April 2022 Stock Market Commentary
Ethan Pollard | May 03 2022
Global equities sold off in April to re-test their Q1 lows, with concerns over inflation, interest rates and global growth weighing on markets. The S&P 500, a benchmark for large cap US stocks, fell -9% in April for its largest monthly decline since March of 2020, and is now down -13% on the year.
Overseas equities lost -6% this month for a -11% full-year return on the MSCI ACWI ex-US index. Within fixed income, the Barclays US Aggregate Bond Index fell another -4% this month (-9.5% YTD), with a 50 bps rate hike in May all but guaranteed as the Fed looks to wrangle inflation under control. Gold prices gave back -1.6% in April but remain up 6% year-to-date, with commodities providing a hedge against inflation and uncertainty.
When markets are volatile and emotions run high, our data-driven Three Dials approach allows us to have an appropriate, measured to response as the investment landscape shifts. Our proprietary reading moved a notch lower as a result of the market movement last month, which we summarize below:
- Market Sentiment and Momentum: (Negative ❌)
Sentiment amongst individual investors hit its lowest level since 2009, with market participants increasingly uneasy over growth prospects. The tech-heavy NASDAQ, home to many household favorites, is off to its worst ever start to a year. As a result, our Momentum Dial shifts into a Negative reading through the end of April.
- Economic Fundamentals: (Positive ✔️)
Despite a headline GDP report that showed a surprise contraction for the US economy in Q1, a larger than normal trade imbalance is to blame for the negative number.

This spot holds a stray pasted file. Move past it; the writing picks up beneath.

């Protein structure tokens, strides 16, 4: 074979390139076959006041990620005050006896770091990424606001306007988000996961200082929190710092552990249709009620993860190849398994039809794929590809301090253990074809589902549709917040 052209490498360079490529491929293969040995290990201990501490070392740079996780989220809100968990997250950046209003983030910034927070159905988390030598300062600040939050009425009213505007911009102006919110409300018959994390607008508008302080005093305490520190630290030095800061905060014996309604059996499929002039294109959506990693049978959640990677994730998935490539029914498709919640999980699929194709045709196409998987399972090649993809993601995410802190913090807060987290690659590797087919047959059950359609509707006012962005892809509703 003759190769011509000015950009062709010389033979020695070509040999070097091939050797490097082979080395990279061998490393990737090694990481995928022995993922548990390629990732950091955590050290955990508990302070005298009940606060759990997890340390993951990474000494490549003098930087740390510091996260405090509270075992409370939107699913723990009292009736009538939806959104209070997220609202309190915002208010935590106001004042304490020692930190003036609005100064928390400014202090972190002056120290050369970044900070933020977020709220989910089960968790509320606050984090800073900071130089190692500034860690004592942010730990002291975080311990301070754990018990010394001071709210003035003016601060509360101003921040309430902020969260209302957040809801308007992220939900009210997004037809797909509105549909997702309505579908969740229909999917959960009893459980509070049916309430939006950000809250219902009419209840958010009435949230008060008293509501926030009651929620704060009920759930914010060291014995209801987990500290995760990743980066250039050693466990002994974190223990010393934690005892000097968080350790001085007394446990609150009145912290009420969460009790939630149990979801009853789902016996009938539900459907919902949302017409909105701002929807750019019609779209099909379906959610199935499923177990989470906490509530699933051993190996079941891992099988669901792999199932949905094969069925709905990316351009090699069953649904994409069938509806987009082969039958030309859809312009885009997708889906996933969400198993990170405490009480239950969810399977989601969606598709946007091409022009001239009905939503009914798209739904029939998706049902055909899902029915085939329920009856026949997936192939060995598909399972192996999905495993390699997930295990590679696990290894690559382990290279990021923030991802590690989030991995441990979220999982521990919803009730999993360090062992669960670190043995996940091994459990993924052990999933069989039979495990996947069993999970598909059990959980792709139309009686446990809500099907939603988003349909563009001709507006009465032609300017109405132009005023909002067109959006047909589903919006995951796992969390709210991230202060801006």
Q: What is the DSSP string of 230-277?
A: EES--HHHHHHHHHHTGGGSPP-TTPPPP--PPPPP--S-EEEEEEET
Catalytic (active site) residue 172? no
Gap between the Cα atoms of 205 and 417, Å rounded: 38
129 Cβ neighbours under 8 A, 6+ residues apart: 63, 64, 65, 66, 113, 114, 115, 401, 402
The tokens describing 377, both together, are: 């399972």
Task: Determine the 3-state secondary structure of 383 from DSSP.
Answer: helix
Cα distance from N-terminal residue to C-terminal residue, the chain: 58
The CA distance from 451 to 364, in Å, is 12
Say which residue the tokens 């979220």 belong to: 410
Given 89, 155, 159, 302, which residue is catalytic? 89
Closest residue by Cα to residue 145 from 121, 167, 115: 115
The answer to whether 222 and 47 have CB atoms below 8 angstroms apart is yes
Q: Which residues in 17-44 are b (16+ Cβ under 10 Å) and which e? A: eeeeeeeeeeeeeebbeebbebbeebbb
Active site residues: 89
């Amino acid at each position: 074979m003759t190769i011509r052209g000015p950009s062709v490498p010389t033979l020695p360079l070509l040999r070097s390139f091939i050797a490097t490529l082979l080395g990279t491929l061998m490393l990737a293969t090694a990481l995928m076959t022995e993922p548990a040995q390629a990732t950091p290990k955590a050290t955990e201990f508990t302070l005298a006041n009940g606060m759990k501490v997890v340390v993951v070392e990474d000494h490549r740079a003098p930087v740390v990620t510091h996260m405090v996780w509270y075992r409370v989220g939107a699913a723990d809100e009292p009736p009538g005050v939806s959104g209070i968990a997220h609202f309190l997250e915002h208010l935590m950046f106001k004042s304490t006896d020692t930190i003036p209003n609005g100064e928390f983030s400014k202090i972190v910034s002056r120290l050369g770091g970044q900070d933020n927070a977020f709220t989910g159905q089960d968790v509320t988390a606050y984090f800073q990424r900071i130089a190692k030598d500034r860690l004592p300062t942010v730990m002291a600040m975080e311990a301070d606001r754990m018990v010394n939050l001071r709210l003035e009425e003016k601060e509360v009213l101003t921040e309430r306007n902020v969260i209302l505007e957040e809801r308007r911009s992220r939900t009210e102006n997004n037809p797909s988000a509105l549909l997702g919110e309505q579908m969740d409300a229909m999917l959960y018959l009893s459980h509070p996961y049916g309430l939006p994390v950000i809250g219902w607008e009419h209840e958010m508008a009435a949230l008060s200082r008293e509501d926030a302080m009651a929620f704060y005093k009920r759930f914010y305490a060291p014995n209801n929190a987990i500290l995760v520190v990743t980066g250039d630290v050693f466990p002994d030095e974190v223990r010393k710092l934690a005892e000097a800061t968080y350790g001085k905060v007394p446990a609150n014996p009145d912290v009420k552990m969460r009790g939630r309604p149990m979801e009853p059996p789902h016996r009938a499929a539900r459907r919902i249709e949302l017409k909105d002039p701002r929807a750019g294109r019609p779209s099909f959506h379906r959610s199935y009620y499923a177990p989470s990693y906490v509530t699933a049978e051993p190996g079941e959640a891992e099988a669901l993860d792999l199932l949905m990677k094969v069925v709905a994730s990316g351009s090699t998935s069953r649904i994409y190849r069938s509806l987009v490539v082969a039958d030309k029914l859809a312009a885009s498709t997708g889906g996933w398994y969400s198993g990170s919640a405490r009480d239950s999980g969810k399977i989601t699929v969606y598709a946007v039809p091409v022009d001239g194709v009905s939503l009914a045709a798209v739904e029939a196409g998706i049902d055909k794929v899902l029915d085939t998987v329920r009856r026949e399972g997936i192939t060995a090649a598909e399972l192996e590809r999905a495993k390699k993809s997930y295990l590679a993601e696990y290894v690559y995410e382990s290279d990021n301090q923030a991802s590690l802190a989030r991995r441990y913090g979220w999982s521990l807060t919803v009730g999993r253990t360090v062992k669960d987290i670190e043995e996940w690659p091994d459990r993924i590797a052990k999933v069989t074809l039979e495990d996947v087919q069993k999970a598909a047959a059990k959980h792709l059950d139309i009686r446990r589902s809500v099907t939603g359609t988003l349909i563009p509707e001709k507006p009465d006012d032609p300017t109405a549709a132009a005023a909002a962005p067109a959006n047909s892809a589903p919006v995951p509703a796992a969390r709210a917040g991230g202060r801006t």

Strong growth from the consumer suggests that a recession is not imminent. Our Fundamental Dial remains in a Positive position for now.
- Valuation: (Negative ❌)
Despite a few high-profile misses, earnings season for the S&P has been largely positive, with 80% of companies beating bottom-line estimates so far. As a result, stock losses have come as a result of multiple contraction from one of the most expensive markets in history. While P/E ratios have come down, stocks remain far from cheap, and our Valuation Dial stays Negative.
Our Three Dials composite reading takes a step down from Neutral to Slightly Defensive, suggesting we take a bit of risk off the table in the face of growing uncertainty. We continue to preach diversification and will communicate all future updates accordingly.
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